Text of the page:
The Collectors: Gilberto Cárdenas & Dolores Garcia
The pioneering collectors own thousands of examples of Latino and Chicano art, a significant portion of which the couple donated to the Blanton Museum of Art at The University of Texas at Austin
As pioneering collectors of Latino and Chicano art, Gilberto Cárdenas and Dolores Garcia have long advocated for cultural institutions nationwide to embrace this work as an essential part of the American story. Earlier this year, the couple—both of Mexican descent—bestowed more than 6,000 of the over 7,000 artworks in their larger collection to the Blanton Museum of Art at The University of Texas at Austin, near their home, where bold pieces in various media reverberate across every wall and tabletop. “I learned to collect the artists as much as the artwork,” says Cárdenas.
As an activist and photographer documenting the Chicano Movement during his undergraduate studies at California State University, Los Angeles, Cárdenas began saving posters used in demonstrations supporting farmworkers and traded his photos with artists for their prints and drawings. Later, he became an influential sociology professor at UT Austin, then assistant provost at the University of Notre Dame in Indiana, consistently examining the Latino immigrant experience through the prism of art.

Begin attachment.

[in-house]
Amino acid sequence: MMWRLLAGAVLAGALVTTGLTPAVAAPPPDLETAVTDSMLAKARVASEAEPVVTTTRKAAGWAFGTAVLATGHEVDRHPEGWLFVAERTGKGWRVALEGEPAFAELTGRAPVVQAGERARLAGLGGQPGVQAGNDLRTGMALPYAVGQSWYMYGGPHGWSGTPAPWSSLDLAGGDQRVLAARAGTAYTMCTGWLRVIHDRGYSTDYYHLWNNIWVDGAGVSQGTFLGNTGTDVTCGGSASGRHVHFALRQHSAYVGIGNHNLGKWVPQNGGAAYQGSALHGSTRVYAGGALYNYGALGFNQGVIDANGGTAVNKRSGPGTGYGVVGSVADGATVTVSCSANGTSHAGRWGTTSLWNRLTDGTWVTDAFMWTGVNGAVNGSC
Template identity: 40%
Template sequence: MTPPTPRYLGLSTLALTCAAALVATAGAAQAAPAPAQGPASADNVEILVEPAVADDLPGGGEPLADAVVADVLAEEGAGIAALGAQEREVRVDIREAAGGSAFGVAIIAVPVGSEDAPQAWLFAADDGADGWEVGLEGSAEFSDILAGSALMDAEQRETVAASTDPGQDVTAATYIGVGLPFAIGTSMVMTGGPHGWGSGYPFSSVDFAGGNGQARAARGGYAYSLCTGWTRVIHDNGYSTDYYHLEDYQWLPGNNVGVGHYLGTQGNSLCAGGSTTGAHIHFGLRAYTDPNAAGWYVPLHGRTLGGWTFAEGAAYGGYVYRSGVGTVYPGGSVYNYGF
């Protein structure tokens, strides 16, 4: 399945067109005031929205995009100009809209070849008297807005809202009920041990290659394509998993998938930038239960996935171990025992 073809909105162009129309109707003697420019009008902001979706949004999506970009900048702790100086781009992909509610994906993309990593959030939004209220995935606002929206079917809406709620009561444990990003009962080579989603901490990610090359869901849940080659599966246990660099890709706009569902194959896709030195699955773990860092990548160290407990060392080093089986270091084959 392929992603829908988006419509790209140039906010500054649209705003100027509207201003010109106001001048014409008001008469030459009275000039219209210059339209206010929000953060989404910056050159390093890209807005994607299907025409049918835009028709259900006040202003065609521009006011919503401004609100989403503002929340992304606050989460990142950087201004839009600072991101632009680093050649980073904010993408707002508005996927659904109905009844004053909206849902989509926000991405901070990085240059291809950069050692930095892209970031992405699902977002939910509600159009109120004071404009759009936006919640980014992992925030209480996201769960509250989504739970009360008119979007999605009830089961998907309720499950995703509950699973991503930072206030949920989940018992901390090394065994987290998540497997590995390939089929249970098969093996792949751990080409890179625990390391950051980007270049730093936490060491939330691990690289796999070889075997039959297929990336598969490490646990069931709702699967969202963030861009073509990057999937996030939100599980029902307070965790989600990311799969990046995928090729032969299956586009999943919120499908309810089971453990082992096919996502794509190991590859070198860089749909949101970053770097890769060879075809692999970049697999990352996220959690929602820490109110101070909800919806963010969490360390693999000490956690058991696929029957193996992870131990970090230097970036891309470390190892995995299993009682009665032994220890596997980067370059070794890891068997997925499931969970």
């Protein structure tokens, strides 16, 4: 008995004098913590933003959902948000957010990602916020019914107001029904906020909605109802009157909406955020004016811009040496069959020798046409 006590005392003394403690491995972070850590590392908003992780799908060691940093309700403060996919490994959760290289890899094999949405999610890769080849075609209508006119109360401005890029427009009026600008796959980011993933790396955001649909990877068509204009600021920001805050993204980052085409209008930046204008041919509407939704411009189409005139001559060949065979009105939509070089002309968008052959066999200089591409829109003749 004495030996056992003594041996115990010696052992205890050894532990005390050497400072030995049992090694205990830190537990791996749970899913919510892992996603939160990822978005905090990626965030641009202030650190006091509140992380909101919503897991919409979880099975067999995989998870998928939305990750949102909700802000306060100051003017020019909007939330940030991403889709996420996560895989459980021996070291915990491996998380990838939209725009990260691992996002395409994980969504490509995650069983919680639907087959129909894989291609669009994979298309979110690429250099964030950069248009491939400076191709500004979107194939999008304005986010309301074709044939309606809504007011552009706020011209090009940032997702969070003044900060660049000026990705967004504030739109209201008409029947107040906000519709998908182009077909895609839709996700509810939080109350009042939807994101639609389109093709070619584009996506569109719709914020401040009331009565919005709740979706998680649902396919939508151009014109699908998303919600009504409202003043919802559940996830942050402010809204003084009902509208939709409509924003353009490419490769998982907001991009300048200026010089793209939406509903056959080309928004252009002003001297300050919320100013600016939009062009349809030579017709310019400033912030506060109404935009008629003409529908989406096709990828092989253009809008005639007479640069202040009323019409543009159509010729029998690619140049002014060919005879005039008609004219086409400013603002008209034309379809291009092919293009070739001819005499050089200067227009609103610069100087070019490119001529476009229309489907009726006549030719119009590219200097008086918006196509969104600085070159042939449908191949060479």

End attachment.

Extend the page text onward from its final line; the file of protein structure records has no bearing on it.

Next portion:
“When you work with Gil, there are always art projects involved—it’s contagious,” says Garcia, who attended UT Austin, where she returned to work in 1988 and collaborated with Cárdenas on Latino programs. Together, they have continued Cárdenas’s practice of commissioning portfolios by artists, including Liliana Wilson and Malaquías Montoya (a witness at the collectors’ 2008 wedding), to give as gifts to friends.
“The Cárdenas collection is invaluable because of the mixture of historical and contemporary artworks it contains,” says Vanessa Davidson, the Blanton’s curator of Latin American art, who helped recruit Claudia Zapata for the museum’s first curatorial position specializing in Latino art as part of a broad initiative inspired by the acquisition. “It really positions us as a beacon in the field for the study and display of Latino art.”
In two galleries now dedicated to rotating exhibitions drawn from this trove, Zapata has organized “Unbreakable,” on view through December 3, with feminist works by artists such as Juana Alicia, Diane Gamboa, and Kathy Vargas that highlight survival in the face of migration, poverty, misogyny, and genocide. “Gilberto and Dolores wanted the collection to go to a place where it would be continuously used and debated,” says Davidson. “It challenges us to expand our definition of American art.”
A version of this article first appeared in print in our 2023 Spring Issue under the headline “Creative Minds.” Subscribe to the magazine.